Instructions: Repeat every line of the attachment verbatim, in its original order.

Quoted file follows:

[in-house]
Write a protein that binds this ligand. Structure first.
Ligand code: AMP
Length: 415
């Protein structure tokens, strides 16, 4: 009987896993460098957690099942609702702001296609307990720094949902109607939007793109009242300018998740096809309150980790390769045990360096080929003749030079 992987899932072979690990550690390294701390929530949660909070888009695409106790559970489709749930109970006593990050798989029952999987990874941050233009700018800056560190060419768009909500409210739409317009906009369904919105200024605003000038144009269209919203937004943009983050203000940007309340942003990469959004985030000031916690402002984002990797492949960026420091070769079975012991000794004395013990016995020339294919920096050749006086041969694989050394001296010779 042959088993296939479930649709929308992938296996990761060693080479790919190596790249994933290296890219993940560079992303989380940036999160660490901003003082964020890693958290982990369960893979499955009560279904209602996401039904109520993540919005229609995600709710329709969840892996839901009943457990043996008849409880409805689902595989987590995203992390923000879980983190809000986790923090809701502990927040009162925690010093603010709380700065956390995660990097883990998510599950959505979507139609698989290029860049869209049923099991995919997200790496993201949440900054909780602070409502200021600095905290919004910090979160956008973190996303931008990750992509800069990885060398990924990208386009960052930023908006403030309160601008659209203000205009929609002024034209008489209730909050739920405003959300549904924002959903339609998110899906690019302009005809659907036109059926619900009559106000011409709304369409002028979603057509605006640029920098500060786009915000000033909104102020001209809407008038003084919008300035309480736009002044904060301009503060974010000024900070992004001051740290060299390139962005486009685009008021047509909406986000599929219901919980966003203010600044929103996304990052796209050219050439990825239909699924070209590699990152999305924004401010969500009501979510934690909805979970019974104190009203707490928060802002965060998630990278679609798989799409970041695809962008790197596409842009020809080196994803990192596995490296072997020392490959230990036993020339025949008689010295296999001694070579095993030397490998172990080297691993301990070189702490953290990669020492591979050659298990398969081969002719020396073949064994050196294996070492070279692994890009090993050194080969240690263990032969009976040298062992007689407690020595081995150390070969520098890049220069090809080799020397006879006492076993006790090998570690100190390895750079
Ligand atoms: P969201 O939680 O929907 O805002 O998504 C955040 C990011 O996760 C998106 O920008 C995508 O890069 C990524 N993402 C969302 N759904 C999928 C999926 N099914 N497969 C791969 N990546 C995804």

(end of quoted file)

[in-house]
Write a protein that binds this ligand. Structure first.
Ligand code: AMP
Length: 415
């Protein structure tokens, strides 16, 4: 009987896993460098957690099942609702702001296609307990720094949902109607939007793109009242300018998740096809309150980790390769045990360096080929003749030079 992987899932072979690990550690390294701390929530949660909070888009695409106790559970489709749930109970006593990050798989029952999987990874941050233009700018800056560190060419768009909500409210739409317009906009369904919105200024605003000038144009269209919203937004943009983050203000940007309340942003990469959004985030000031916690402002984002990797492949960026420091070769079975012991000794004395013990016995020339294919920096050749006086041969694989050394001296010779 042959088993296939479930649709929308992938296996990761060693080479790919190596790249994933290296890219993940560079992303989380940036999160660490901003003082964020890693958290982990369960893979499955009560279904209602996401039904109520993540919005229609995600709710329709969840892996839901009943457990043996008849409880409805689902595989987590995203992390923000879980983190809000986790923090809701502990927040009162925690010093603010709380700065956390995660990097883990998510599950959505979507139609698989290029860049869209049923099991995919997200790496993201949440900054909780602070409502200021600095905290919004910090979160956008973190996303931008990750992509800069990885060398990924990208386009960052930023908006403030309160601008659209203000205009929609002024034209008489209730909050739920405003959300549904924002959903339609998110899906690019302009005809659907036109059926619900009559106000011409709304369409002028979603057509605006640029920098500060786009915000000033909104102020001209809407008038003084919008300035309480736009002044904060301009503060974010000024900070992004001051740290060299390139962005486009685009008021047509909406986000599929219901919980966003203010600044929103996304990052796209050219050439990825239909699924070209590699990152999305924004401010969500009501979510934690909805979970019974104190009203707490928060802002965060998630990278679609798989799409970041695809962008790197596409842009020809080196994803990192596995490296072997020392490959230990036993020339025949008689010295296999001694070579095993030397490998172990080297691993301990070189702490953290990669020492591979050659298990398969081969002719020396073949064994050196294996070492070279692994890009090993050194080969240690263990032969009976040298062992007689407690020595081995150390070969520098890049220069090809080799020397006879006492076993006790090998570690100190390895750079
Ligand atoms: P969201 O939680 O929907 O805002 O998504 C955040 C990011 O996760 C998106 O920008 C995508 O890069 C990524 N993402 C969302 N759904 C999928 C999926 N099914 N497969 C791969 N990546 C995804």